There was no such thing as a “cross-over voter” who votes for the candidate, not the party to appeal to. The voters did not pay attention to anything but the party label.

            Davis could have run the most positive campaign in history and would still have been badly defeated.. Others below her on the ballot ran much more positive campaigns. Collier’s was much more balanced and much more positive about what he was going to do. HE GOT CRUSHED.

            As to Davis campaigning on her record. All she could show as a senator was that she had filed bills to do such and such. She passed almost none of them. Voters want to see a record of accomplishment more than one of proposals. She could not show them that….You blame it on a GOP conspiracy…which may be true…but what is also true is that her record could be described as All Hat and NO COWS. All she had to offer was “what I wanted to do”,

            I never advocated a totally negative campaign. I said it had to be balanced with positive…but first she had to get the voters attention. She never did. I also never said that a BADLY EXECUTED NEGATIVE ATTACK would accomplish anything.

            The reality is that Texas is a DARK, DARK RED STATE at the moment and until that changes–for whatever reason–demographics, public awareness, scandals or the Democrats getting a “message that sells”—Democratic candidates in all but selected areas are going to lose…Good campaign…Bad Campaign…or No Campaign at all. I, for one, do not expect to see that happen in my life time…which is more than a bitter dose to swallow.

            P.S. I find it interesting that those who oppose this recognition the most tend to blame the failure on “her campaign” and the “campaign managers”. Sorry, folks, but a candidate is ultimately responsible for how a campaign is run, the message it delivers and the people chosen to run it. Those “campaign managers” did not look her in a room and run rampant without consulting her. Nor did they send her out on the campaign trail armed with a handful of leaflets and a stock speech while locking the office door behind her and cutting her off from any input. (Altho in some campaigns I was involved in we would have certainly loved to be able to do just that.) Campaign managers advise….and they manage….but they do not make the final decisions…Only a candidate can do that. And, if you have a candidate who allows that to happen, that is a candidate you certainly do not want to see be elected. We need leaders, not pawns.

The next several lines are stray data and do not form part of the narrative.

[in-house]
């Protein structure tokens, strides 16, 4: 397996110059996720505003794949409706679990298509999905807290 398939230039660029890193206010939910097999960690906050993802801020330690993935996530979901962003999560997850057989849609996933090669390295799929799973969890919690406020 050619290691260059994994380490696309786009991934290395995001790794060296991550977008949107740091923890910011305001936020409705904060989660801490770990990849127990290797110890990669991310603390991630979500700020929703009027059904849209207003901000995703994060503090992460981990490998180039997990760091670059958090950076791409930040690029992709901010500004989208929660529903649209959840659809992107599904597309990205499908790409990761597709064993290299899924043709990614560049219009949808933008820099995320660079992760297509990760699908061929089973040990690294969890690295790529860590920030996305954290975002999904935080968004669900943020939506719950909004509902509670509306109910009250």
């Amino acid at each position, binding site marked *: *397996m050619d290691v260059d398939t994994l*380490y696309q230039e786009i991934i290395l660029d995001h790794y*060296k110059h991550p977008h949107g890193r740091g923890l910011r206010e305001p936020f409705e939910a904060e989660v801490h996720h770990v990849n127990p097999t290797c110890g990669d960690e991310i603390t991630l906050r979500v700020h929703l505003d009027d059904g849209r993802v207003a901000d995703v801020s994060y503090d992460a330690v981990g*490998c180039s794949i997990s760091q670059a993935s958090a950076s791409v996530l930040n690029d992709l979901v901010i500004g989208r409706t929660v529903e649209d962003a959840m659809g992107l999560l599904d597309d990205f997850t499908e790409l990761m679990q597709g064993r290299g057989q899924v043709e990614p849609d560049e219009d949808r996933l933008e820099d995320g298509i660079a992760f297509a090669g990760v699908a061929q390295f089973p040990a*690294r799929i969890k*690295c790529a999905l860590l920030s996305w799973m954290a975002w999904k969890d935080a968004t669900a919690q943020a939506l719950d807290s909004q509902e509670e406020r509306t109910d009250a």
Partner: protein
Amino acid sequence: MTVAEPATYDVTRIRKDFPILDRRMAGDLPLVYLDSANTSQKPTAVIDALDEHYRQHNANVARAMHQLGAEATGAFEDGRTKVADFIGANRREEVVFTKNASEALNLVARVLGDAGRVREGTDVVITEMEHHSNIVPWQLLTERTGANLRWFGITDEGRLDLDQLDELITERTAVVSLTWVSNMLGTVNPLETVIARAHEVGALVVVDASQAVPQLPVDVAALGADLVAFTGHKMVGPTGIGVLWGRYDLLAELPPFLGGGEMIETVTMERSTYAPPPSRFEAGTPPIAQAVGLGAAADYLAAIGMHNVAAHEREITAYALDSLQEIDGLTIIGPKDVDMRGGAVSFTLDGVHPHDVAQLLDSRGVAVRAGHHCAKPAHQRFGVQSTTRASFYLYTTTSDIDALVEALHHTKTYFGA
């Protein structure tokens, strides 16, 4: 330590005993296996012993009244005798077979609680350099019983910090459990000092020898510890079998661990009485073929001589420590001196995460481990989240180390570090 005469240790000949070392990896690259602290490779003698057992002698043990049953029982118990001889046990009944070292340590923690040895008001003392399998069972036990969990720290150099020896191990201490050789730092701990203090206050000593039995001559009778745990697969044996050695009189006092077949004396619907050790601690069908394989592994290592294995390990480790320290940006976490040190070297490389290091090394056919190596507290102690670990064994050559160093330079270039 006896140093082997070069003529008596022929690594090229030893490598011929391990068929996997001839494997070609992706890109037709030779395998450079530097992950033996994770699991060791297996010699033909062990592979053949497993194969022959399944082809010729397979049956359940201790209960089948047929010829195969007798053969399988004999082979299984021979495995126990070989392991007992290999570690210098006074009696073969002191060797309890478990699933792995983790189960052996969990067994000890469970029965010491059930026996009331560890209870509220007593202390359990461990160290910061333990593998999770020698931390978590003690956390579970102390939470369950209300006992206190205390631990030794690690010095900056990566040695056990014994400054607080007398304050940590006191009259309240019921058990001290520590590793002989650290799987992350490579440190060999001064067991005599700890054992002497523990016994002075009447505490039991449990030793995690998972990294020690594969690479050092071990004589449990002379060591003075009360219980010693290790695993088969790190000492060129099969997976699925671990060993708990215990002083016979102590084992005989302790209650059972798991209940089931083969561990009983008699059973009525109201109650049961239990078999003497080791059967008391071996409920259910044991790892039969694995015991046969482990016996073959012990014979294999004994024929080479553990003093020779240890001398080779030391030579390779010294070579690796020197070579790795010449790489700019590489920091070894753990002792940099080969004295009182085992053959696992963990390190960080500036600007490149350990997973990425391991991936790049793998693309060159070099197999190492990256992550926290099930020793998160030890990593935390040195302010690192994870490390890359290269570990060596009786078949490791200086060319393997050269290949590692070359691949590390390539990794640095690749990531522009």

• John Johnson

            Where do you come up with this stuff? History is one thing; philosophy another. You don’t get people off a straight ticket by telling them what a putz their main guy is. You don’t win hearts and minds over to your way of thinking by being controversial. It doesn’t work in religion, nor in politics. You walk the walk and let others judge you by actions. Davis “acted”. There was a history of it. It made no difference that none made it into law. “I submitted a bill to attempt to get the highest insurance rates of any state in the U.S. lowered. The majority party in Texas decided that it should not even make it out of committee for a vote. They obviously feel more of an allegence to Big Insurance than to you consumers who might appreciate a little extra money in your pockets at the end of the month.” I can point out this sort of concept to you, but I can’t help you understand it.

          • WUSRPH

            Oh, I understand it…I’ve been in campaigns that ran on that message. I worked for that message my entire “career”. Some won, some lost..This year in contested races that message lost.

            The reality is that what you are talking about is not something that one campaign can do. It will take years of building from the ground up…with candidates in local races and those in statewide races who do not expect to have any chance of winning but who run to spread the message. That is how you build a party that can attract voters from the other side, independents (what few actual ones there are) and even some of the “non-voters”.

            The Davis campaign was not run like ….Perhaps because Wendy Davis’ problem may have been that she actually thought she could win….